The Beatles themselves came to North American when they made a short visit in early 1964, but word of their music and style had been reported in the US press from late 1963. Their single, ‘I Want To Hold Your Hand’ was a radio hit before being released three weeks early than initially planned (by a now on board Capitol) and Vee-Jay started to see the benefit of their deal because the songs they had the licenses for started selling in huge quantities. With an appearance on the Ed Sullivan show and a US tour, it was no surprise that 1964 was also the year where a good many people though that releasing a Beatles themed Christmas record was a sure fire way of achieving massive sales and profits. As it turns out, none of these made much of a dent in the charts with the record being public more keen on the real thing. 

What of the song themselves. For some reason, and this is true of non Christmas related Beatles songs,  Ringo is defiantly the most popular Beatle. He is the only member of the band mentioned by name in any of the titles. It also seems to be a case of finding anything to rhyme with Ringo. For example, there was bingo, by jingo, thingo etc. According to Gerry Ferrier, Ringo also became the name of one of Santa’s reindeer due to not having antlers, but Beatle hair. John might not have been such a popular choice as news that he was married (and with a son) had already became known after initially being kept secret. I’m not sure why the other two aren’t mentioned much. Considering these songs were written in isolation, there is quite a number who share the same title. There are also plenty of references to holding Beatle hands as well.

After 1964, it seems that the time of wanting a Beatle for Christmas had passed. There weren’t any Beatles Christmas related novelty songs from 1965 onwards, unless you know any better. Was it that the bands audience were growing up? Was it down to the image of the band changing, in no small part to the music they were making becoming more mature? Whatever the reason, this is a fascinating snapshot of a time when Beatlemania ruled the world.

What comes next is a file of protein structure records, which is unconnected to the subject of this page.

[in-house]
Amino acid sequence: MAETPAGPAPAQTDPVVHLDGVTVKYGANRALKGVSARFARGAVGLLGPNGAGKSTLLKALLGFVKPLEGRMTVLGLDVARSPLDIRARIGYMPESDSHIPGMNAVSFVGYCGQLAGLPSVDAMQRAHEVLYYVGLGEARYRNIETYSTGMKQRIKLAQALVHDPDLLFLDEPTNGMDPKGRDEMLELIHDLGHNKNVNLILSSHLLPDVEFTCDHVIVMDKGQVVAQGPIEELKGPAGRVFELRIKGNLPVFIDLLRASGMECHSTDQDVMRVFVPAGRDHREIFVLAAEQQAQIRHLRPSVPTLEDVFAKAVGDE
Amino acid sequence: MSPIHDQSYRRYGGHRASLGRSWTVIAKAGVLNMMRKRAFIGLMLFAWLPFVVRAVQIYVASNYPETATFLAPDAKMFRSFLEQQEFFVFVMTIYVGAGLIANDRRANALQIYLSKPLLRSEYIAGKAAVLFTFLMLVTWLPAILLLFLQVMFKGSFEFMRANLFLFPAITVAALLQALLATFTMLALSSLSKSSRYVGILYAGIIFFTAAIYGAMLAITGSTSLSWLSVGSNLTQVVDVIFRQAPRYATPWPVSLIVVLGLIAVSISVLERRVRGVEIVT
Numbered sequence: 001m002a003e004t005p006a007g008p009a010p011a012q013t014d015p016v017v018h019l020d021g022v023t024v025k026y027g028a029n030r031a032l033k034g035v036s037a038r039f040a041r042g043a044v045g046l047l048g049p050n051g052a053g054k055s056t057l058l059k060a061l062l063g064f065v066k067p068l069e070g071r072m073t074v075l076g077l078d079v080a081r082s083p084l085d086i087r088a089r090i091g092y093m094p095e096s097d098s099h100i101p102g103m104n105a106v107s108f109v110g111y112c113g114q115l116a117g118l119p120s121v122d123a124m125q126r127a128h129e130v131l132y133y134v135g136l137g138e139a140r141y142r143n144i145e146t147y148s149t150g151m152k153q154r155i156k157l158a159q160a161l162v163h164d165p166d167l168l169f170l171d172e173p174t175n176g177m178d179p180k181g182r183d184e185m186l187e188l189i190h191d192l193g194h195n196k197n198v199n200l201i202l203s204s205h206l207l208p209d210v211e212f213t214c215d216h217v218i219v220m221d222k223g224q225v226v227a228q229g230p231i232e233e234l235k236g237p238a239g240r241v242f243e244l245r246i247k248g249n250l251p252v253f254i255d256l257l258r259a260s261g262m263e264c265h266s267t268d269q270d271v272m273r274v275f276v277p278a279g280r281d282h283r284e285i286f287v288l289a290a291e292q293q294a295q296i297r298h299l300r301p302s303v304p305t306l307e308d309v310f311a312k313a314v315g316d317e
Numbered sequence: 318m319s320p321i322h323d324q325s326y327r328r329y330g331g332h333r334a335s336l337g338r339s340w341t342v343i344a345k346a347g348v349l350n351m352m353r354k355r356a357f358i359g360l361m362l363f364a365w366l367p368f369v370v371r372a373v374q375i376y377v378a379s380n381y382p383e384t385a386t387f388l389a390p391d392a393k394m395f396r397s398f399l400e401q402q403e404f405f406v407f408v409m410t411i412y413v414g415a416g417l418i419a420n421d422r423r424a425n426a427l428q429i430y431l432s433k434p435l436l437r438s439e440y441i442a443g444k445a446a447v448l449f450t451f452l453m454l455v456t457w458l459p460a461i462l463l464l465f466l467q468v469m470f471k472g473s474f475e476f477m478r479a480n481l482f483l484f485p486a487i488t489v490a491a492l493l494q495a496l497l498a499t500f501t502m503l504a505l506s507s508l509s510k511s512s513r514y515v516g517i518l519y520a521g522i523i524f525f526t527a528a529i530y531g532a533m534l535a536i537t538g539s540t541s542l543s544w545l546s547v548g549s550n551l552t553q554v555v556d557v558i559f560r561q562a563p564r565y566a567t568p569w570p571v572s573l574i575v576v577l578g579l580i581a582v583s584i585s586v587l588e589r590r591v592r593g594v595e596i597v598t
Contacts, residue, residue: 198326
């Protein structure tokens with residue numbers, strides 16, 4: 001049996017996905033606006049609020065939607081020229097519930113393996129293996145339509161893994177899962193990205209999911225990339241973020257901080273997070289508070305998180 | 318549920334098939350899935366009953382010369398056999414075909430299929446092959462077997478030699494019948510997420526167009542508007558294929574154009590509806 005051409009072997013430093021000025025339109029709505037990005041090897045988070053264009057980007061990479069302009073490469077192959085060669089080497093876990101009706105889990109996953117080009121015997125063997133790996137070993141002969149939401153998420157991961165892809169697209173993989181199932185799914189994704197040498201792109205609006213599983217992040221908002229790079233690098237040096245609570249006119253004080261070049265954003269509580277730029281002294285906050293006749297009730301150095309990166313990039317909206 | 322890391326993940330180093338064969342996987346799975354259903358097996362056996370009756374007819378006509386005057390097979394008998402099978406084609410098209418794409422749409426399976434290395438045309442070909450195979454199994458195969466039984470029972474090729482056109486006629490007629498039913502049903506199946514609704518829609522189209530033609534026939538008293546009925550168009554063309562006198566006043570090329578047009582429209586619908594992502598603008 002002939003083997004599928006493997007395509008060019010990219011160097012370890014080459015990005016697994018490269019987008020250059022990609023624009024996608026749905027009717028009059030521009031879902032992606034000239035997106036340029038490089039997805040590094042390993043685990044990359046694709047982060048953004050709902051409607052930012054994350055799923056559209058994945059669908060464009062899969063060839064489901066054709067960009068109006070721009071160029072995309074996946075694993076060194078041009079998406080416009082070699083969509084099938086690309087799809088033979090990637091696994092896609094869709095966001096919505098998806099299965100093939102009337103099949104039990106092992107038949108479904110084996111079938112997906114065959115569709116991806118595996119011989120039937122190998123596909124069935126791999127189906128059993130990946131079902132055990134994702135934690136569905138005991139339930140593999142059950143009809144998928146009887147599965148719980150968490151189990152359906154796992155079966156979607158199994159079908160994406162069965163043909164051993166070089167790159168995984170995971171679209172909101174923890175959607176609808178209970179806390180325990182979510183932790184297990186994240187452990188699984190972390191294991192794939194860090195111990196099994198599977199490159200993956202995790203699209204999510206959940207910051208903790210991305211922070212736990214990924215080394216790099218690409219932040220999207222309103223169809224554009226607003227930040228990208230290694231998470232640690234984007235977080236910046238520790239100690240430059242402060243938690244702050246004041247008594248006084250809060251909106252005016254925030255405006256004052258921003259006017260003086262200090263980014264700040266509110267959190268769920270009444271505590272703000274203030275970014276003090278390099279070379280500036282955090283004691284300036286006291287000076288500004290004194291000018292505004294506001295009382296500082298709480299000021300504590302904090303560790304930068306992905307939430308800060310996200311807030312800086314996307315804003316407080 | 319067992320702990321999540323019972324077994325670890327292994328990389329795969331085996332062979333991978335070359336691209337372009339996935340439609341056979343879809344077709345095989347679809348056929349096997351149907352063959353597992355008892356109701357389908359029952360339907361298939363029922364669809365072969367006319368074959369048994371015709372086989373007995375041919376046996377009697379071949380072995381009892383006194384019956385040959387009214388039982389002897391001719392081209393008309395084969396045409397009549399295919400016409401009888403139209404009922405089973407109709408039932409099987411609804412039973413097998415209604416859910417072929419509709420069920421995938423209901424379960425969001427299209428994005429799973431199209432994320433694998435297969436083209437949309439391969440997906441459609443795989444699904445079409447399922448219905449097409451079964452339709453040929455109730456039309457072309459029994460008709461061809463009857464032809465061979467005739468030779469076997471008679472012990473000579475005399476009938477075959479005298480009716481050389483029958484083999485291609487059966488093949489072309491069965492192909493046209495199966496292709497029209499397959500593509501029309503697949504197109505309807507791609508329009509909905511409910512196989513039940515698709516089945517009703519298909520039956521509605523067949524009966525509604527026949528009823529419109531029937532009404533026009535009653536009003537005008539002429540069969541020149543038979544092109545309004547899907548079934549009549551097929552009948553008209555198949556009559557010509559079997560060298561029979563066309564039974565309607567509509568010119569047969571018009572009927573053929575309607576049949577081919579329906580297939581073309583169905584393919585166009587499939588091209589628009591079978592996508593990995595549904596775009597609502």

Side A

  1. All I Want For Christmas Is A Beatle – Dora Bryan
  2. I Want A Beatle For Christmas – Patty Surbey
  3. Santa Bring Me Ringo – Christina Hunter
  4. Ringo Deer – Garry Ferrier
  5. Ringo Bells – Three Blonde Mice
  6. Santa Bring Me Ringo – Tich

Side B

  1. I Want A Beatle For Christmas – Becky Lee Beck
  2. Bring Me A Beatle For Christmas – Cindy Rella
  3. Bring Me The Beatles For Christmas – Jackie & Jill
  4. I Want A Beatle For Christmas – The Fans
  5. Christmas With The Beatles – Judy & The Duets

The cover image was taken from a Pinterist post by Nanna, and is based on the Beatles cartoon that ran on US TV between 1965 to 1967. I also included the VJ Records logo because if this had been released back in the 1960’s, I am sure they would have been the company who would want to cash in after losing their cash cow not long after gaining it. 

A massive thanks to Darryl Bullock for his help in putting this compilation together. Check out his rather fine website dedicated to the wonderful world of bad records. https://worldsworstrecords.blogspot.com/